United States forward Meghan Duggan shares Team USA’s secret to success and how good it felt to win against rival Canada.
After a 14-year career with the U.S. women’s national hockey team, captain Meghan Duggan announced her retirement on Tuesday.
Duggan, 33, who captained three Olympic teams, won silver in 2010 and 2014 before the team clinched its first Olympic gold in over two decades at the 2018 Pyeongchang Winter Olympics.
Duggan played Division I hockey for the Wisconsin Badgers from 2006 to 2009, where she totaled 69 goals and 82 assists in 118 games.
“I certainly feel at peace with my decision,” Duggan said in a Zoom call with reporters. “Today is an exciting day to celebrate with my family and my teammates and so many people that have been in my life to get to this point.
“But it’s certainly an emotional one as well. It was a very difficult decision because hockey has been my place, it’s been my life. I’ve grown up through the sport since I was 3 years old and put skates on for the first time. For me, it certainly feels like the end of something I’ve poured a lot of heart and soul and time.”
Duggan added that her decision to retire now was ultimately “a gut feeling.”
She ends her professional hockey career with 42 goals, 41 assists in 110 games played and seven gold medals at Ice Hockey World Championships.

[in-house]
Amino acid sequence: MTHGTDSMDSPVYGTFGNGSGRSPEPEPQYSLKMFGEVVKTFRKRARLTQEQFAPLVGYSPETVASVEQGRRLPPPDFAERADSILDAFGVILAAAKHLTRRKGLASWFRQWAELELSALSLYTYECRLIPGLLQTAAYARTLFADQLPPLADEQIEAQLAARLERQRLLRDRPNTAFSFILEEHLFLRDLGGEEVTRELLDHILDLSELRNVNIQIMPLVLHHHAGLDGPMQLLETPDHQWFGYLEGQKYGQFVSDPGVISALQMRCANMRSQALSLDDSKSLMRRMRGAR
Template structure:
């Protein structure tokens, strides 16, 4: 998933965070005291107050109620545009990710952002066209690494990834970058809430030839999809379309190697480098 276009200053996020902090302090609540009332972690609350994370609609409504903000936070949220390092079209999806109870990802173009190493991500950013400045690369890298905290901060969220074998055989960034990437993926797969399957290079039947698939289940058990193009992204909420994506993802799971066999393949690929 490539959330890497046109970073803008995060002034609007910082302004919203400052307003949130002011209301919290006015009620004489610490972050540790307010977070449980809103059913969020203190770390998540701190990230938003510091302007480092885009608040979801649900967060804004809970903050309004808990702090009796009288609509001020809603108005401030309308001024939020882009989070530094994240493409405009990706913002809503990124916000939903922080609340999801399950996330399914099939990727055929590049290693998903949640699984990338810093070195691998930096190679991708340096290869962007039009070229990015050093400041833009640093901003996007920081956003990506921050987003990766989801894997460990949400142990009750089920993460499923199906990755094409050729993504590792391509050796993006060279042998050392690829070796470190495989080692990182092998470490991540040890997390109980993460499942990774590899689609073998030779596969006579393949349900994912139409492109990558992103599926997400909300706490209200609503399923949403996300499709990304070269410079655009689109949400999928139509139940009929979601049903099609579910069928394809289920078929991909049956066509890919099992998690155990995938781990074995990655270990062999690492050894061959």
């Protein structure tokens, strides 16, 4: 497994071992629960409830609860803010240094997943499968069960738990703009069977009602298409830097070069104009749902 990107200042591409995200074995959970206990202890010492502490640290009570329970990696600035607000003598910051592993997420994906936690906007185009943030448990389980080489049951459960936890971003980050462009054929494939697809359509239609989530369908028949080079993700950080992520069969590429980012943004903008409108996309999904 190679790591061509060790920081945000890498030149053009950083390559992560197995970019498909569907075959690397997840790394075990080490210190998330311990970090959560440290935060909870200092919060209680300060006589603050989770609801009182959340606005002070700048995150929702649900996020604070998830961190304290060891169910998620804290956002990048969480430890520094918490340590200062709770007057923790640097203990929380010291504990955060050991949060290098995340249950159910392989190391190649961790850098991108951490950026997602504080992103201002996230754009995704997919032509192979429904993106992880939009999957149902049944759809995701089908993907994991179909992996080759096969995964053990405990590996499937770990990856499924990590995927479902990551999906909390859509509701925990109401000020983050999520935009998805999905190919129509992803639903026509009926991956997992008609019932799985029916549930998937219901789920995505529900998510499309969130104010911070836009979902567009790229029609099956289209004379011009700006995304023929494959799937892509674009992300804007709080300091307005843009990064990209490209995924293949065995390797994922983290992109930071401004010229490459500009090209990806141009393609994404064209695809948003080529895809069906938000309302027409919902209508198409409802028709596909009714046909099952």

Off the ice, Duggan along with her teammates negotiated an agreement in 2017 with USA Hockey that would allow women in the program equitable treatment and pay on the same level as the men.
Kendall Coyne, a former teammate and current national team captain, said the mark that Duggan left on the U.S. hockey program was far greater than all of her accomplishments.
“You have definitely left this game better than when you entered it,” Coyne told Duggan on the Zoom call.
Duggan said although she believes the process is ongoing, the U.S. women’s team made a difference in advocating for women’s sports and equality.
“I think everyone knows that there’s a continued push for many different minority groups in sports and out of sports,” Duggan said. “I’m always going to be a champion for marginalized groups, and I’m always going to be that someone that speaks up and stands up and speaks out about issues or things that need change.”
While Duggan received congratulatory messages from Hockey Hall of Famer Cammi Granato and her former Wisconsin-Madison coach Mark Johnson on Zoom, she also thanked her family for the sacrifices they made in her hockey career.
“My family means everything to me,” Duggan said. “I wouldn’t be sitting here today, I wouldn’t have achieved or had the experiences that I’ve had without them. They are at the cornerstone of my hockey career.”
Follow Edith Noriega on Twitter @Noriega_Edith.